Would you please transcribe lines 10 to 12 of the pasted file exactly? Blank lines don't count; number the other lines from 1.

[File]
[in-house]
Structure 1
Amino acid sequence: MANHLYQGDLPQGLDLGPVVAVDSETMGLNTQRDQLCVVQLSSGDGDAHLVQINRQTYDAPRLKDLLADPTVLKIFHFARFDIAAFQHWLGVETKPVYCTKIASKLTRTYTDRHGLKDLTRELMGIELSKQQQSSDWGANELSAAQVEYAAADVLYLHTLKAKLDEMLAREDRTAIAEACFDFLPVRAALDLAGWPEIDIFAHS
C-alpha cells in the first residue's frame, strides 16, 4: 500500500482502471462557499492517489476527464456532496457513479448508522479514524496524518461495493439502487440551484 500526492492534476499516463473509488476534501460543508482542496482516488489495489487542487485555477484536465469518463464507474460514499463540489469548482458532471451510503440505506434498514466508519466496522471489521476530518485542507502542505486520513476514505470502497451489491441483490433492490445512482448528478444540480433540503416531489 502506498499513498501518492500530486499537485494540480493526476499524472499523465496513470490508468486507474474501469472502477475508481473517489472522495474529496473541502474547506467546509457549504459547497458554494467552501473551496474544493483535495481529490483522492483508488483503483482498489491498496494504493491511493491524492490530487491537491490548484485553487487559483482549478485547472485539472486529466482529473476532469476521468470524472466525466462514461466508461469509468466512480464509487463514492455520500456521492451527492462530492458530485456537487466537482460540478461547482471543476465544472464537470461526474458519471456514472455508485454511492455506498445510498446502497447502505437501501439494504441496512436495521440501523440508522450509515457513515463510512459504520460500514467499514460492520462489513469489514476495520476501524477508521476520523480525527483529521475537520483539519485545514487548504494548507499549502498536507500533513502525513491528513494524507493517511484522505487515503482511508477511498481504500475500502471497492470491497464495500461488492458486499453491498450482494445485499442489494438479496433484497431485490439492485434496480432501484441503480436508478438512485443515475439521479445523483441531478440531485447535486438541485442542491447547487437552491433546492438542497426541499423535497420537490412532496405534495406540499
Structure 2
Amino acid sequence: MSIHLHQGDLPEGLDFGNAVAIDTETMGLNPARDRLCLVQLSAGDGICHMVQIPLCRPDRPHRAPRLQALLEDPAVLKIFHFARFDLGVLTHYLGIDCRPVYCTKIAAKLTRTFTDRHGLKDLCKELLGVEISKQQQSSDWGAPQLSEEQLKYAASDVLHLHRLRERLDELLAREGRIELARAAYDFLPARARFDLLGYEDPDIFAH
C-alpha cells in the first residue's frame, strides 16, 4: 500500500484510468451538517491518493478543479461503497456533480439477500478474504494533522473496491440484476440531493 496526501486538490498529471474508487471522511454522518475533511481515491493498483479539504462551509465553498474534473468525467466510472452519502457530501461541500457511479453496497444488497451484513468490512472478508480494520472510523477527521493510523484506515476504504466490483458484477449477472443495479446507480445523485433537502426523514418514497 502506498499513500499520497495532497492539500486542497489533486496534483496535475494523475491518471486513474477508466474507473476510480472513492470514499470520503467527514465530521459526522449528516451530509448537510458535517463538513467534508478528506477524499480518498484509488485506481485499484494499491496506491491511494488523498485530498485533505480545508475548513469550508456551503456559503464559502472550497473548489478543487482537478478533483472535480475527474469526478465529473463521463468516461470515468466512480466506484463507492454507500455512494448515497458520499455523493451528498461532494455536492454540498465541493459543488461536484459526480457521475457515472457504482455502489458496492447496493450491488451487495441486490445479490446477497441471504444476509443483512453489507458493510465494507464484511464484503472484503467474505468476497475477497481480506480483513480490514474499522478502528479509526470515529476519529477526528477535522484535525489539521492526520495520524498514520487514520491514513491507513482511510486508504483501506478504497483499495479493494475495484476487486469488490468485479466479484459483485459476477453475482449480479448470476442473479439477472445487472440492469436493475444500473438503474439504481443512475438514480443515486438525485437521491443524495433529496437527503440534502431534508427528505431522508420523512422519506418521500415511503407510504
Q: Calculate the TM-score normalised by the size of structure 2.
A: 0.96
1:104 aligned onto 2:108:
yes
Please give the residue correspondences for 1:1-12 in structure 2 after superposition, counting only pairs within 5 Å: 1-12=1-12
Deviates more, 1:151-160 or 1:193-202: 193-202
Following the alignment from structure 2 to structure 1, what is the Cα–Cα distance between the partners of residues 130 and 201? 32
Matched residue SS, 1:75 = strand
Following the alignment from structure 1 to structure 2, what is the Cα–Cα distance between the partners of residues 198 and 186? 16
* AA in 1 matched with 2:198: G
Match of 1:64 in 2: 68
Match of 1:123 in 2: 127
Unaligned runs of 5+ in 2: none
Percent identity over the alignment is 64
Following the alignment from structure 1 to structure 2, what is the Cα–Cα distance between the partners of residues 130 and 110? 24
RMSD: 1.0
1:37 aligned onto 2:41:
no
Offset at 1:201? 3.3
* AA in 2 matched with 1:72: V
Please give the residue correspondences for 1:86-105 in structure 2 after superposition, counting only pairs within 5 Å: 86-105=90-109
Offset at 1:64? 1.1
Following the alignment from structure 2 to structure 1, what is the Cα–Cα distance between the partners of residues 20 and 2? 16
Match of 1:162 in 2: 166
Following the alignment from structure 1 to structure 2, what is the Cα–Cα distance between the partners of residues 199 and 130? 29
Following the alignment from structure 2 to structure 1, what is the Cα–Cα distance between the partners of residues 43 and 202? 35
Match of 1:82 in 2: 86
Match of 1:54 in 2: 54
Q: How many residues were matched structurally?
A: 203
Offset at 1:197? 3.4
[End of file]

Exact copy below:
1:104 aligned onto 2:108:
yes
Please give the residue correspondences for 1:1-12 in structure 2 after superposition, counting only pairs within 5 Å: 1-12=1-12